Court of Protection
Court of Protection
The Court of Protection makes decisions on behalf of people who lacks mental capacity and where there is no power of attorney in place. A person may lack mental capacity due to dementia, illness, learning disability or accident.
Decisions can be made by the court about welfare or financial matters.
The Court of Protection is responsible for:
- Determining whether a person has mental capacity to make a particular decision for themselves;
- appointing deputies to make ongoing decisions on behalf of people who lack mental capacity;
- permitting people to make one-off decisions on behalf of someone who lacks mental capacity;
- handling urgent applications where a decision must be made on behalf of someone who lacks mental capacity;
- making decisions about powers of attorney and considering any objections to their registration;
- considering applications to make statutory wills or gifts;
- making decisions about when someone can be deprived of their liberty under the Mental Capacity Act.
Application for Court of Protection assessment
An application is made for an assessment of the mental capacity of the individual to whom the application relates and a court fee must be paid.
Before making any decision about mental capacity, the court will want to hear from relatives, friends, carers and medical advisers. Full financial disclosure is also required. Once satisfied, the court will issue a court order.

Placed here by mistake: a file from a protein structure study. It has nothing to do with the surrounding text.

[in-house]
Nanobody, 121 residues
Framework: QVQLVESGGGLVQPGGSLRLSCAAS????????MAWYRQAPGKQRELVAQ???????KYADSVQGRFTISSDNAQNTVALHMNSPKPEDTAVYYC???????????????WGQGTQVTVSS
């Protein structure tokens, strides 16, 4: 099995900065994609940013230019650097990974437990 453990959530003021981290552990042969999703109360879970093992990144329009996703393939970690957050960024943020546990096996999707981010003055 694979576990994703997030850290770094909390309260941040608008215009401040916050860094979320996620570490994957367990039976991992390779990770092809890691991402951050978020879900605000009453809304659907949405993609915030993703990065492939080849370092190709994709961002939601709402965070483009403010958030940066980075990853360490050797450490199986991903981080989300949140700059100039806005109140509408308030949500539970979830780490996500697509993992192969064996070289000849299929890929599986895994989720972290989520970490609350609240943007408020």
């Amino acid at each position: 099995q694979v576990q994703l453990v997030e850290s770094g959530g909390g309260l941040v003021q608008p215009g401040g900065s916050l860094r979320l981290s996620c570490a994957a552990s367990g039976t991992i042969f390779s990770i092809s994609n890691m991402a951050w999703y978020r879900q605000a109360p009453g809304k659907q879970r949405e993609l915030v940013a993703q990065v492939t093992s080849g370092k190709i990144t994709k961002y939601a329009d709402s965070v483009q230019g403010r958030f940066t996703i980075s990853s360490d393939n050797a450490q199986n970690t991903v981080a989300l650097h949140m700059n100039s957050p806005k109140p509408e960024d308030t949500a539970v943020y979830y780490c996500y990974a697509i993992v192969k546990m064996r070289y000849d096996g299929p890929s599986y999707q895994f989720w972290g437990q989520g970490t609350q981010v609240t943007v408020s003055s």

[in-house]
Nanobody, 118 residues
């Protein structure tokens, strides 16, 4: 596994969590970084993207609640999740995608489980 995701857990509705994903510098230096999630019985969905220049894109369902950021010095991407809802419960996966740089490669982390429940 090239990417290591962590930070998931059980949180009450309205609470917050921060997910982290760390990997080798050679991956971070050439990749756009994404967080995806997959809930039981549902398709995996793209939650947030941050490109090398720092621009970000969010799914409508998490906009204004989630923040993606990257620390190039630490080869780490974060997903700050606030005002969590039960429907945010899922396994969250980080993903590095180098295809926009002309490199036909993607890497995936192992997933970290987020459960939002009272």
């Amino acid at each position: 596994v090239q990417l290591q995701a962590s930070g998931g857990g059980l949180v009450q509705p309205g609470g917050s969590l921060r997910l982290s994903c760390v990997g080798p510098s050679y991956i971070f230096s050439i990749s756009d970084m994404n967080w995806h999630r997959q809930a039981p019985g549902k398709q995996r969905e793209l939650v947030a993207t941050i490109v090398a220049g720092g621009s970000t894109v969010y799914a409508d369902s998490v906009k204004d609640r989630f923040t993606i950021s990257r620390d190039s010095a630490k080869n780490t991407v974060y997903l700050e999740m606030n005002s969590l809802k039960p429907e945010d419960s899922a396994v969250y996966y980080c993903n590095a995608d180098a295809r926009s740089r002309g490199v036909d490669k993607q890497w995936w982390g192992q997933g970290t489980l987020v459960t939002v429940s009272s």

Appointment of a deputy
A deputy is the person or persons appointed by the Court to deal with the affairs of the person who has lost capacity.
Types of deputy
There are 2 types of deputy that you can be applied for which are similar to attorneys under a lasting power of attorney.
(i) Property and financial affairs deputy
The deputy can take full control of the financial affairs of the individual including paying off all their debts, apply for benefits that they may be entitled to and sell their home to pay for residential or care home fees.
(ii) Personal welfare deputy
Provides responsibility to make decisions about the individual’s medical treatment.It is less common for the Court to grant this type of deputyship, and professional advice should be sought at the earliest opportunity.
The responsibilities of a deputy
A deputy must consider the individual’s level of mental capacity every time a decision is made for them. This is because you can’t assume that their mental capacity always stays the same. A court order from the Court of Protection will say what you can and can’t do.
Reporting to the Court of Protection about decisions
Deputies are expected to complete an annual account documenting what decisions have been made on behalf of the individual. This includes all expenditure made on behalf of the individual so it is important to retain all receipts and statements.
No longer acting as deputy
If the appointed deputy is no longer able to act for the individual, another application will need to be made to the court for a replacement deputy to be appointed. Professionals such as solicitors may act as deputies if appropriate (see below).
Individual regains capacity
An application to the Court of Protection will need to be made dispensing of the current deputyship order. Appropriate medical evidence will need to be submitted confirming the regaining of capacity.
Payment of deputies
Only a professional deputy can be paid for dealing with financial affairs. A lay deputy can claim reasonable expenses.
A professional deputy can be appointed in various circumstances including if the donor or attorney has been found to have abused the individual in relation to their care or finances.